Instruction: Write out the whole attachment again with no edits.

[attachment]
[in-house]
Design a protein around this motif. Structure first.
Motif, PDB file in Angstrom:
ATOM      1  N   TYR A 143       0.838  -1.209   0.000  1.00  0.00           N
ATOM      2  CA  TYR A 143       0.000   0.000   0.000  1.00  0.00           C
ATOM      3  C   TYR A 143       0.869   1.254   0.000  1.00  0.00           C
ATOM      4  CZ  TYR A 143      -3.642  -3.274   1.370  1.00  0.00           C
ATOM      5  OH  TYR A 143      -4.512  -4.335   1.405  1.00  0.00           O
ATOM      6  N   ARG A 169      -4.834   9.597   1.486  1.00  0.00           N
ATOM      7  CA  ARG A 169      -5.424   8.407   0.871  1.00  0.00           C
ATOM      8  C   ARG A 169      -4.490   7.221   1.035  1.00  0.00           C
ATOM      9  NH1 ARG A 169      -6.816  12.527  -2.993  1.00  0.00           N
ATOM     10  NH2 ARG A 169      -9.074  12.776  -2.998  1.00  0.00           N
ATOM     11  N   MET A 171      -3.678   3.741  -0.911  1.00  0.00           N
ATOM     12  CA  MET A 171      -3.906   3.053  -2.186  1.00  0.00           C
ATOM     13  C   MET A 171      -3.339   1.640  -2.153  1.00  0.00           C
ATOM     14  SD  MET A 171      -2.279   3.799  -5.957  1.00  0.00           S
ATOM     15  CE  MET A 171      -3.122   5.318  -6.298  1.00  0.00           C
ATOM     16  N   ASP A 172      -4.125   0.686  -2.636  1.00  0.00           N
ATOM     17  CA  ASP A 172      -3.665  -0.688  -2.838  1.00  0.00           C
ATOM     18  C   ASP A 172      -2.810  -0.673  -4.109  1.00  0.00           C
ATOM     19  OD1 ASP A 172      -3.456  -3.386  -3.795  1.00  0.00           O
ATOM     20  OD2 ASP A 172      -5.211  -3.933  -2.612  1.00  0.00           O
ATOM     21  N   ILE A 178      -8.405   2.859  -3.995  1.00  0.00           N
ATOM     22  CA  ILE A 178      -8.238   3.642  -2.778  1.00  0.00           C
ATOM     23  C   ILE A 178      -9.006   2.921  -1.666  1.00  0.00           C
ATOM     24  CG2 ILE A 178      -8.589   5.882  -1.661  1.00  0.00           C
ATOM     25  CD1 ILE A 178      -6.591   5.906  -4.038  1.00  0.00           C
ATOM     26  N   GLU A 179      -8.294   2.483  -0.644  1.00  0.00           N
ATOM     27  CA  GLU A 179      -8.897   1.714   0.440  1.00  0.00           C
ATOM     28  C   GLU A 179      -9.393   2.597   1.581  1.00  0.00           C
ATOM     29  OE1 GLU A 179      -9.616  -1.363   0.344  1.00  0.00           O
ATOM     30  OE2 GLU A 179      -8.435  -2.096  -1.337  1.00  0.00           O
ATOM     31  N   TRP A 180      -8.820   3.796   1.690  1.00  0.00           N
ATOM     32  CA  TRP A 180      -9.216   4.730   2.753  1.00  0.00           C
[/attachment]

[in-house]
Design a protein around this motif. Structure first.
Motif, PDB file in Angstrom:
ATOM      1  N   TYR A 143       0.838  -1.209   0.000  1.00  0.00           N
ATOM      2  CA  TYR A 143       0.000   0.000   0.000  1.00  0.00           C
ATOM      3  C   TYR A 143       0.869   1.254   0.000  1.00  0.00           C
ATOM      4  CZ  TYR A 143      -3.642  -3.274   1.370  1.00  0.00           C
ATOM      5  OH  TYR A 143      -4.512  -4.335   1.405  1.00  0.00           O
ATOM      6  N   ARG A 169      -4.834   9.597   1.486  1.00  0.00           N
ATOM      7  CA  ARG A 169      -5.424   8.407   0.871  1.00  0.00           C
ATOM      8  C   ARG A 169      -4.490   7.221   1.035  1.00  0.00           C
ATOM      9  NH1 ARG A 169      -6.816  12.527  -2.993  1.00  0.00           N
ATOM     10  NH2 ARG A 169      -9.074  12.776  -2.998  1.00  0.00           N
ATOM     11  N   MET A 171      -3.678   3.741  -0.911  1.00  0.00           N
ATOM     12  CA  MET A 171      -3.906   3.053  -2.186  1.00  0.00           C
ATOM     13  C   MET A 171      -3.339   1.640  -2.153  1.00  0.00           C
ATOM     14  SD  MET A 171      -2.279   3.799  -5.957  1.00  0.00           S
ATOM     15  CE  MET A 171      -3.122   5.318  -6.298  1.00  0.00           C
ATOM     16  N   ASP A 172      -4.125   0.686  -2.636  1.00  0.00           N
ATOM     17  CA  ASP A 172      -3.665  -0.688  -2.838  1.00  0.00           C
ATOM     18  C   ASP A 172      -2.810  -0.673  -4.109  1.00  0.00           C
ATOM     19  OD1 ASP A 172      -3.456  -3.386  -3.795  1.00  0.00           O
ATOM     20  OD2 ASP A 172      -5.211  -3.933  -2.612  1.00  0.00           O
ATOM     21  N   ILE A 178      -8.405   2.859  -3.995  1.00  0.00           N
ATOM     22  CA  ILE A 178      -8.238   3.642  -2.778  1.00  0.00           C
ATOM     23  C   ILE A 178      -9.006   2.921  -1.666  1.00  0.00           C
ATOM     24  CG2 ILE A 178      -8.589   5.882  -1.661  1.00  0.00           C
ATOM     25  CD1 ILE A 178      -6.591   5.906  -4.038  1.00  0.00           C
ATOM     26  N   GLU A 179      -8.294   2.483  -0.644  1.00  0.00           N
ATOM     27  CA  GLU A 179      -8.897   1.714   0.440  1.00  0.00           C
ATOM     28  C   GLU A 179      -9.393   2.597   1.581  1.00  0.00           C
ATOM     29  OE1 GLU A 179      -9.616  -1.363   0.344  1.00  0.00           O
ATOM     30  OE2 GLU A 179      -8.435  -2.096  -1.337  1.00  0.00           O
ATOM     31  N   TRP A 180      -8.820   3.796   1.690  1.00  0.00           N
ATOM     32  CA  TRP A 180      -9.216   4.730   2.753  1.00  0.00           C